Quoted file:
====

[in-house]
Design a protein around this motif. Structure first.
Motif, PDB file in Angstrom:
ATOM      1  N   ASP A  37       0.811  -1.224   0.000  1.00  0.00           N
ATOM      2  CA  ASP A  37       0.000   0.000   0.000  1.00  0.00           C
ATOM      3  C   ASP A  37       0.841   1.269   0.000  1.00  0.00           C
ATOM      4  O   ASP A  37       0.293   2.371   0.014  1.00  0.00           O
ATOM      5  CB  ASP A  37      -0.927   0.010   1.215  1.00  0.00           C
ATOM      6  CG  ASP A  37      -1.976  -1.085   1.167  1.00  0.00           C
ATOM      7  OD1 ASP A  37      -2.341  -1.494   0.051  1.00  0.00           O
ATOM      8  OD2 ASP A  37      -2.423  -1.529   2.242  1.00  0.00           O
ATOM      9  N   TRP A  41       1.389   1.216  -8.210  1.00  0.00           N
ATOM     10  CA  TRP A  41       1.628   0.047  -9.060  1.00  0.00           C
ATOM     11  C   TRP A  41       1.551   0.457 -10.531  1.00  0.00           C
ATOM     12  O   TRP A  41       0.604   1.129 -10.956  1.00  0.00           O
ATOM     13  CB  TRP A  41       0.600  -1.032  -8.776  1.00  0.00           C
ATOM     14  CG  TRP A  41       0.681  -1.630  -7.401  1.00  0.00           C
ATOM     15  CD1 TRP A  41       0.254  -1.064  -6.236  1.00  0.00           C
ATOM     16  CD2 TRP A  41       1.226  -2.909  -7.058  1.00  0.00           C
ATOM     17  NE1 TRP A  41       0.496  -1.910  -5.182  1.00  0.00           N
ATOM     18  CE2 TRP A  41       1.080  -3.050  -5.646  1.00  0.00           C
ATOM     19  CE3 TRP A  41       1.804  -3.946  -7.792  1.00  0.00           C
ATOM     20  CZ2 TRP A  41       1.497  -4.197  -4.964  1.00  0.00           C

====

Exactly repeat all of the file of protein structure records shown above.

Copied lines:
[in-house]
Design a protein around this motif. Structure first.
Motif, PDB file in Angstrom:
ATOM      1  N   ASP A  37       0.811  -1.224   0.000  1.00  0.00           N
ATOM      2  CA  ASP A  37       0.000   0.000   0.000  1.00  0.00           C
ATOM      3  C   ASP A  37       0.841   1.269   0.000  1.00  0.00           C
ATOM      4  O   ASP A  37       0.293   2.371   0.014  1.00  0.00           O
ATOM      5  CB  ASP A  37      -0.927   0.010   1.215  1.00  0.00           C
ATOM      6  CG  ASP A  37      -1.976  -1.085   1.167  1.00  0.00           C
ATOM      7  OD1 ASP A  37      -2.341  -1.494   0.051  1.00  0.00           O
ATOM      8  OD2 ASP A  37      -2.423  -1.529   2.242  1.00  0.00           O
ATOM      9  N   TRP A  41       1.389   1.216  -8.210  1.00  0.00           N
ATOM     10  CA  TRP A  41       1.628   0.047  -9.060  1.00  0.00           C
ATOM     11  C   TRP A  41       1.551   0.457 -10.531  1.00  0.00           C
ATOM     12  O   TRP A  41       0.604   1.129 -10.956  1.00  0.00           O
ATOM     13  CB  TRP A  41       0.600  -1.032  -8.776  1.00  0.00           C
ATOM     14  CG  TRP A  41       0.681  -1.630  -7.401  1.00  0.00           C
ATOM     15  CD1 TRP A  41       0.254  -1.064  -6.236  1.00  0.00           C
ATOM     16  CD2 TRP A  41       1.226  -2.909  -7.058  1.00  0.00           C
ATOM     17  NE1 TRP A  41       0.496  -1.910  -5.182  1.00  0.00           N
ATOM     18  CE2 TRP A  41       1.080  -3.050  -5.646  1.00  0.00           C
ATOM     19  CE3 TRP A  41       1.804  -3.946  -7.792  1.00  0.00           C
ATOM     20  CZ2 TRP A  41       1.497  -4.197  -4.964  1.00  0.00           C